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Fear of devastating second wave drives downtown Charleston bar owner out of the business

Paul Yellin

Paul Yellin, owner of Cane Rhum Bar, makes coquito according to Don Q's recipe on Tuesday, December 17, 2019. File/Lauren Petracca/Staff

The owner of a downtown Charleston bar which fans hoped would soon be slinging daiquiris again has closed the location permanently, saying he wanted to retreat before a second wave of COVID-19 overwhelms the industry.

“People will come out now,” Cane Rhum Bar’s Paul Yellin says of the pent-up demand for on-premise drinking. But he’s not sure people will continue to patronize bars and restaurants if the number of coronavirus cases climbs, or if the measures taken to prevent the spread erode the fun of going out.

Under those circumstances, he says, a neighborhood bar can’t last.

“The business model was that people could rub elbows,” Yellin says. “What people came for was to sit and talk and schmooze and flirt. That’s done for a while: To have a bar with people packed in, you’re not going to hear that vibe for a minute.”

Yellin was forced to reckon with business survival math as his next insurance payment came due. Because he has a liquor license, a collection of expensive rums and liability related to the customers who drink it, his insurance costs are significantly higher than those borne by, say, a sandwich shop owner. His insurance company wanted payment in full this week, while his landlord had proposed he pay half of the rent.

“Without selling drinks on Friday and Saturday night, I can’t do it,” says Yellin, who was up all night throwing up before finalizing his decision. “That’s why I’m trying to get out early.”

Although Yellin told followers on Facebook that the bar could reappear elsewhere, he said in a phone interview that he doesn't have any immediate plans to open another Cane. He's been watching fellow chefs experiment with food trucks and podcasts, and is still trying to figure out his best professional strategy after taking a break.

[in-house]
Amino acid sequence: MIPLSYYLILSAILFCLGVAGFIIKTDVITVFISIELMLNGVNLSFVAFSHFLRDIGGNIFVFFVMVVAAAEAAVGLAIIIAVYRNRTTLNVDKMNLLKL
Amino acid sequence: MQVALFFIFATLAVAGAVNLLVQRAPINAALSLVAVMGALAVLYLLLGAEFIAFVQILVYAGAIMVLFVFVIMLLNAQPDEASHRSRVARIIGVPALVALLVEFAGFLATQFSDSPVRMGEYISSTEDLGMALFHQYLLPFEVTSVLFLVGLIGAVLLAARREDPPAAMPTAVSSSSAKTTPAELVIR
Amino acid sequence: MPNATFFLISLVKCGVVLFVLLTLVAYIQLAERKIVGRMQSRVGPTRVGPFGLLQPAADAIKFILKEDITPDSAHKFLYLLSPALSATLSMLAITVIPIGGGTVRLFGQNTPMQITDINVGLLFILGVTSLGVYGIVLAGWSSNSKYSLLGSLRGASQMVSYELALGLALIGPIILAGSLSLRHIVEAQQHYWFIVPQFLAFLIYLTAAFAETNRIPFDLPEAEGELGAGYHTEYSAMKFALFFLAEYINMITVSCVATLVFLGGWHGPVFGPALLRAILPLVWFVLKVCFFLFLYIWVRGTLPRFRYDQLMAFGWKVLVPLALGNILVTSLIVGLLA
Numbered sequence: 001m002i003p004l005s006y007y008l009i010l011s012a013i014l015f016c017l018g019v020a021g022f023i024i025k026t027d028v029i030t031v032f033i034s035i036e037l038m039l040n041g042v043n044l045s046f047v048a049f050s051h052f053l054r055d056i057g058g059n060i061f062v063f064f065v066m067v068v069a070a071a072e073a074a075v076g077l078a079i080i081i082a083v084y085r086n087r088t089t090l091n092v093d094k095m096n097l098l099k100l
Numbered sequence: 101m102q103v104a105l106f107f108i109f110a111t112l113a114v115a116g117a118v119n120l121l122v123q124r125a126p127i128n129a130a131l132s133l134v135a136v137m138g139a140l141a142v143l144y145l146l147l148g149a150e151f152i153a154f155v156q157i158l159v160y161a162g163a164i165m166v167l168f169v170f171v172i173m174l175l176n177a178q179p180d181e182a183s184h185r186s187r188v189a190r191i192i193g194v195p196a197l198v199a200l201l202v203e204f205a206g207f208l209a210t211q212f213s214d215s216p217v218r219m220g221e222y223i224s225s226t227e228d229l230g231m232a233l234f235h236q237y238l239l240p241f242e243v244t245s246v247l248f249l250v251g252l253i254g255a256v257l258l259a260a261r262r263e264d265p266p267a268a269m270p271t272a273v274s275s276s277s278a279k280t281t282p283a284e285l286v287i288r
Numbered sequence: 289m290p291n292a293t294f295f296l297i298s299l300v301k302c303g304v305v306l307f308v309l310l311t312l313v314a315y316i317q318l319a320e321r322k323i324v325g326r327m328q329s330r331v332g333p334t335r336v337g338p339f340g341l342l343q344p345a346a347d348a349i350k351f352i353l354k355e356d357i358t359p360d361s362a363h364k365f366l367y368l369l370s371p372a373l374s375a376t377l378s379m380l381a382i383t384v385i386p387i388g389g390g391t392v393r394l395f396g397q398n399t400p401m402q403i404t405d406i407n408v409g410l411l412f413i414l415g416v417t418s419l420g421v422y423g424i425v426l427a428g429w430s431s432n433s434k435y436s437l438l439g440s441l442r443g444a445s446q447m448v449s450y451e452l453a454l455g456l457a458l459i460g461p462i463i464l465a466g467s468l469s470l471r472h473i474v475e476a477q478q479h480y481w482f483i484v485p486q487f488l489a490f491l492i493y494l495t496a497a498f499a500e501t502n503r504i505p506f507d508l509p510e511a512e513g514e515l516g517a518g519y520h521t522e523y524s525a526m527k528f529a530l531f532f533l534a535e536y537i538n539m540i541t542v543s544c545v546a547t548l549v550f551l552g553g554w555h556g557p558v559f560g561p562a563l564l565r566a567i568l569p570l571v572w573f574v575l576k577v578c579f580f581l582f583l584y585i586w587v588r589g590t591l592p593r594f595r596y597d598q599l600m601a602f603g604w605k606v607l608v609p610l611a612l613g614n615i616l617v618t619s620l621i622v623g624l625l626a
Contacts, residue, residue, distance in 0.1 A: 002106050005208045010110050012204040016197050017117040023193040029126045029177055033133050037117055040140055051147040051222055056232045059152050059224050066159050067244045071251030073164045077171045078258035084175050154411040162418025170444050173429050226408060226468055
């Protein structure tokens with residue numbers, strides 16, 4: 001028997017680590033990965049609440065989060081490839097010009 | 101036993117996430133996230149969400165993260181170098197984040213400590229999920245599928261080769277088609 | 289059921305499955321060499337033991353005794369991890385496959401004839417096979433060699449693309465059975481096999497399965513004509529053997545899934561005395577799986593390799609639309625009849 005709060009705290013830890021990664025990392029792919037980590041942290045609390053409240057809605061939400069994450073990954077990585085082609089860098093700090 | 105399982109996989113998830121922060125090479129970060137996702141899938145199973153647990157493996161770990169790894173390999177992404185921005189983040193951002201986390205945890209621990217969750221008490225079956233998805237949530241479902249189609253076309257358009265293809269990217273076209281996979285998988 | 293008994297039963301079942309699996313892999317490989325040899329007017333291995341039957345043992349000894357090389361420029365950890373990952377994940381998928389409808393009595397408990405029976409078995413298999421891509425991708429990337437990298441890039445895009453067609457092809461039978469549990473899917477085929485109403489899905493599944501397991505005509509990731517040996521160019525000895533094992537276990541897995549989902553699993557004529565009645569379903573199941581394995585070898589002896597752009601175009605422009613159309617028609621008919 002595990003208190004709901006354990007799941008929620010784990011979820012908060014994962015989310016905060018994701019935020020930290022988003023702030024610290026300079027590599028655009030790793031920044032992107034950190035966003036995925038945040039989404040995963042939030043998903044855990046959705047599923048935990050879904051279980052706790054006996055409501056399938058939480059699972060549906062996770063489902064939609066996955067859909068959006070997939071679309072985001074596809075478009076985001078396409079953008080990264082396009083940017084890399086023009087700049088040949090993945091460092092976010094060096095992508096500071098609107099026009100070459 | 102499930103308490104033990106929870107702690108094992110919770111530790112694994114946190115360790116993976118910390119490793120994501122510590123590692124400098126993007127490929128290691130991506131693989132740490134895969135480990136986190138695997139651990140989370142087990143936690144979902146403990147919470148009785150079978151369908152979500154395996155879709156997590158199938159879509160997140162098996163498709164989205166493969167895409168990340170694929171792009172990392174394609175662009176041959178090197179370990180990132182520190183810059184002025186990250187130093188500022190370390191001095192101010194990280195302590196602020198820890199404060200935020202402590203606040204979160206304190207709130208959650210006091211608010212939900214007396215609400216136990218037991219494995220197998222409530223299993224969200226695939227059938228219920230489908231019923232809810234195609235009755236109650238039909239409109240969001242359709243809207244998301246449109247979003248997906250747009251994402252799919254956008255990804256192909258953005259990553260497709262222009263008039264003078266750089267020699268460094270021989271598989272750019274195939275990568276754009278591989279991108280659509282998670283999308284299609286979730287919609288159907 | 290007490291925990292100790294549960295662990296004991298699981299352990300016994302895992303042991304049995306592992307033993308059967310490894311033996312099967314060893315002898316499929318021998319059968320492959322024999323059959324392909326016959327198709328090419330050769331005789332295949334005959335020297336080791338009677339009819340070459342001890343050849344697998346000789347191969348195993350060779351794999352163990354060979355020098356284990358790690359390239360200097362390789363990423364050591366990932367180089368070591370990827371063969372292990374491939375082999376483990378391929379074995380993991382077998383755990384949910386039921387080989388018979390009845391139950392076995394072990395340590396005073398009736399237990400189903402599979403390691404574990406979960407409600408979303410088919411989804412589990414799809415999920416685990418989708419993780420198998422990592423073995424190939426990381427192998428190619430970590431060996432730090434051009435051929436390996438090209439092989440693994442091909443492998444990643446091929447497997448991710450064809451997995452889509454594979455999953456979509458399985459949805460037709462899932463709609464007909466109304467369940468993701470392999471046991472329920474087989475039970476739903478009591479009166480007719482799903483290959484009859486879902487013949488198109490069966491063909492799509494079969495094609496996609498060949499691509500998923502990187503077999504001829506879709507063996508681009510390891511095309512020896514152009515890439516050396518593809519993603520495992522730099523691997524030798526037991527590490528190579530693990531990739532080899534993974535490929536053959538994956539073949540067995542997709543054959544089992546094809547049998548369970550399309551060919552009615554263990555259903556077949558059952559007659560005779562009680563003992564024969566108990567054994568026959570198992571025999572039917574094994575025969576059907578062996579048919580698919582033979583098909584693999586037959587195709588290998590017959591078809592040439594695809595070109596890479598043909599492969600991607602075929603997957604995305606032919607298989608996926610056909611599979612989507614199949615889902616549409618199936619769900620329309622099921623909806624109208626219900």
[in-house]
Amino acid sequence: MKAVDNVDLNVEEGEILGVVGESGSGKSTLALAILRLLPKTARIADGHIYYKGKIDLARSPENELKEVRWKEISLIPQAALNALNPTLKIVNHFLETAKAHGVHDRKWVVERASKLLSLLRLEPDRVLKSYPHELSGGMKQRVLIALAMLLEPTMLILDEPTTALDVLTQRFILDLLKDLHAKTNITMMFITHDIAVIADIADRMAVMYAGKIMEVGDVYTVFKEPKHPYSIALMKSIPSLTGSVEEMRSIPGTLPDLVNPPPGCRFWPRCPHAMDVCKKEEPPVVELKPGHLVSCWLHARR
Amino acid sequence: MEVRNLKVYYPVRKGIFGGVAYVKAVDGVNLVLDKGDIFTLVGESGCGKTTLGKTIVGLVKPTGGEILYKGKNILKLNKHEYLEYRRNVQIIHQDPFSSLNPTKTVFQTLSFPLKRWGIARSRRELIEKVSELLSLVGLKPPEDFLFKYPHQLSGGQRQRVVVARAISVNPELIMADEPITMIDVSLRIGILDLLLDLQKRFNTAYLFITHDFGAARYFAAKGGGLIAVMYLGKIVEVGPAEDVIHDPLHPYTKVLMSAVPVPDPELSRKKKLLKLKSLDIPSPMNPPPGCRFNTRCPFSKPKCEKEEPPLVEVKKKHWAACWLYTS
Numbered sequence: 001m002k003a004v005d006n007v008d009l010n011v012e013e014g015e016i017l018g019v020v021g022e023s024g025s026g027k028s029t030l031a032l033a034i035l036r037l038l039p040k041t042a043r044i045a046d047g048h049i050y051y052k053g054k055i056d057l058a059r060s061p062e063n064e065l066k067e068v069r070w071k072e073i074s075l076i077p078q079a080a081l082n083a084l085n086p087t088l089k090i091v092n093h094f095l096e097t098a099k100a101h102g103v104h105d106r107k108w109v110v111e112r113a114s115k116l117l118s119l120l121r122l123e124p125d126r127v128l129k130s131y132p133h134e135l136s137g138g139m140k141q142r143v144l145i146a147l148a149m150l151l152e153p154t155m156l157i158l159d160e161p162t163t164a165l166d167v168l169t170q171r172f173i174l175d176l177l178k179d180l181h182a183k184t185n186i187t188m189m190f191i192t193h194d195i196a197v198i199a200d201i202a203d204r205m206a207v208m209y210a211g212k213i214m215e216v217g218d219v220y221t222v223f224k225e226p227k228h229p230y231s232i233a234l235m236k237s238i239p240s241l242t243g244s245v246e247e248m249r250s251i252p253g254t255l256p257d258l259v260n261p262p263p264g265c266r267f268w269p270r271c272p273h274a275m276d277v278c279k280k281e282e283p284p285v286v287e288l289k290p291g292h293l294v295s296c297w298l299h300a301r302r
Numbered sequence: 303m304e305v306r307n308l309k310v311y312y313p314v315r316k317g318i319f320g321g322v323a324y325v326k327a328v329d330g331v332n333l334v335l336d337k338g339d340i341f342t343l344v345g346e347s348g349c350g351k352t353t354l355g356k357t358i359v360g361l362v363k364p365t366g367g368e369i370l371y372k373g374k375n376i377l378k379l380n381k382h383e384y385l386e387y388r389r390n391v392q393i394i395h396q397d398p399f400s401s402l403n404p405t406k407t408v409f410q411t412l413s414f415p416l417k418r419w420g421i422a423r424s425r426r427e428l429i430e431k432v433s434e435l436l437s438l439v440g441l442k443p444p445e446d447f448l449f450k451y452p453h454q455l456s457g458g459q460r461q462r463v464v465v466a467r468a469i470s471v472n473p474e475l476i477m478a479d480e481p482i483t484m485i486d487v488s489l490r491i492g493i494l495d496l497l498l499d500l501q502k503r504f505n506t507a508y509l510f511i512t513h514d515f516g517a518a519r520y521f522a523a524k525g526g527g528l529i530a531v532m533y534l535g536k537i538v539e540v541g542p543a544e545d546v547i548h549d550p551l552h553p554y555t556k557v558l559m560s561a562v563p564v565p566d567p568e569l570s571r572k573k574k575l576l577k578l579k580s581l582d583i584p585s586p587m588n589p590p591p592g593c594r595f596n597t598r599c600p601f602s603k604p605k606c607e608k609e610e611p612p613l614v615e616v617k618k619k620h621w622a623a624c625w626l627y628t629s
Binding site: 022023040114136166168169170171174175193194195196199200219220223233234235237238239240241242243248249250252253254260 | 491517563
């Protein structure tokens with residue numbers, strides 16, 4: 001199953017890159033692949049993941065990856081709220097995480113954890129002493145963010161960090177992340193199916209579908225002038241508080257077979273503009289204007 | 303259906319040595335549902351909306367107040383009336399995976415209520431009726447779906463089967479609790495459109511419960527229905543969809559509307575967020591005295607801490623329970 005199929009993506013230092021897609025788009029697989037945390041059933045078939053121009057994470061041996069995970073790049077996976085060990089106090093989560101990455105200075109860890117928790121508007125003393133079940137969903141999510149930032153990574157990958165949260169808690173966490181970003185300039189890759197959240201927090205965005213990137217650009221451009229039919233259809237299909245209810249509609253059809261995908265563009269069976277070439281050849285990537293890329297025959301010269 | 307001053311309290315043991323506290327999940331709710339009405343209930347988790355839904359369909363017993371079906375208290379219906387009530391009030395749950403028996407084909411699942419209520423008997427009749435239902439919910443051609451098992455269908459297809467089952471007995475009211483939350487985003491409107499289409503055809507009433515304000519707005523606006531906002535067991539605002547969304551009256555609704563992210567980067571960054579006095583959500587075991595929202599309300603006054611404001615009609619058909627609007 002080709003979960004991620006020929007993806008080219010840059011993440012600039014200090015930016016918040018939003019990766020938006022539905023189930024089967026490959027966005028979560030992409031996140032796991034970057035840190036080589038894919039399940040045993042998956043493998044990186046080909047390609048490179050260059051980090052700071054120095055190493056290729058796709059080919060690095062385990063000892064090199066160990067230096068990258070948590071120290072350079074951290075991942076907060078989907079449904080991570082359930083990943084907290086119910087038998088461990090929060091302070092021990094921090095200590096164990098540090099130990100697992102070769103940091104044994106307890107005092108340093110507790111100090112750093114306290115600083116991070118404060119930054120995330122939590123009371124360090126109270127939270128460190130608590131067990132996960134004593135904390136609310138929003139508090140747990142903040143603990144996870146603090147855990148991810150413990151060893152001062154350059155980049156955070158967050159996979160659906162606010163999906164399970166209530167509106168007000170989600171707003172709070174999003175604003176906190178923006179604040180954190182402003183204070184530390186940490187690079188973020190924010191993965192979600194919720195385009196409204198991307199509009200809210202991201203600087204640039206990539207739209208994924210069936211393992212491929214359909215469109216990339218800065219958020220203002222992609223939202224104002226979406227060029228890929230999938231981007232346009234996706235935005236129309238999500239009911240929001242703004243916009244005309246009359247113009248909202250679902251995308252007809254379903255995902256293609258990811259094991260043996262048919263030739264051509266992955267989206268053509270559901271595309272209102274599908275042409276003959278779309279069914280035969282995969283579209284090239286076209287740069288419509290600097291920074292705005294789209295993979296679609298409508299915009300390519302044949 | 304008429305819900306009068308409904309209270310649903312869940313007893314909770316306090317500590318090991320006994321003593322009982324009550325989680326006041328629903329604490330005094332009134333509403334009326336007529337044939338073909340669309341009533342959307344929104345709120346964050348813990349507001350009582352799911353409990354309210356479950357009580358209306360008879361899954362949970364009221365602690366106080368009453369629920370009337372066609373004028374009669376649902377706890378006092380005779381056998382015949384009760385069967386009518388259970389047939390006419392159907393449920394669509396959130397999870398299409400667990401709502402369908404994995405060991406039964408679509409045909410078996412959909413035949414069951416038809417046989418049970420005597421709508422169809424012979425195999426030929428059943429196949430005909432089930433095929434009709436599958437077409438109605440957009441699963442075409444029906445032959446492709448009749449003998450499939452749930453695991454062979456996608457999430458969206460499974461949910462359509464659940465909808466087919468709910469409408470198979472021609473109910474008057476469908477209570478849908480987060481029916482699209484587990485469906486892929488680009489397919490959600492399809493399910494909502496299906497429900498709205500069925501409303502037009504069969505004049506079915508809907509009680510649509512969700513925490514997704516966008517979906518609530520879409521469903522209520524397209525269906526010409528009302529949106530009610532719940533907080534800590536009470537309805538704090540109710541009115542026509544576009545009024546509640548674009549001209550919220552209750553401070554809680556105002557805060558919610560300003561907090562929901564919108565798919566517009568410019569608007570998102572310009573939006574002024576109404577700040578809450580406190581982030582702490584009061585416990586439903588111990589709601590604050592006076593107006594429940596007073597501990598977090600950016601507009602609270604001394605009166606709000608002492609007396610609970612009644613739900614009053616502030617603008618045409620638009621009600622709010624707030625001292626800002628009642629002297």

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Cane Rhum Bar in 2016 opened at the East Bay Street address long associated with the legendary dive bar Big John’s.

“There was not a week that went by that some Citadel cadet or a gray-haired guy would come in with his mouth open and say, ‘Oh my God, this was Big John’s?” Yellin says of the response to the bright Caribbean décor and menu of sophisticated rum drinks.

Only a few of them were disappointed, Yellin says. He found people appreciated “that it truly did not feel like a Charleston bar, and it didn’t feel like Charleston.”

Cane is the second prominent downtown Charleston restaurant owned by an entrepreneur of African descent to close during the current crisis: Kenyatta McNeil last month shut Nana’s Seafood & Soul

Yellin stresses that the challenges he faced weren’t unique to his establishment.

“Everything that would have been, it dried up,” he says. “I’m not special. Look at this weather; we would have had weddings rolling down the street. This would have been an incredible season for everyone.”

He continues, “I don’t want to go. I don’t want to be in this situation. But I feel sorry for everyone who’s going to follow.”

And Yellin worries there will be many who fall into that group. As he watches customers start to return to restaurants and bars like his, he says he hopes boredom doesn’t get the best of common sense.

Reach Hanna Raskin at 843-937-5560 and follow her on Twitter @hannaraskin.

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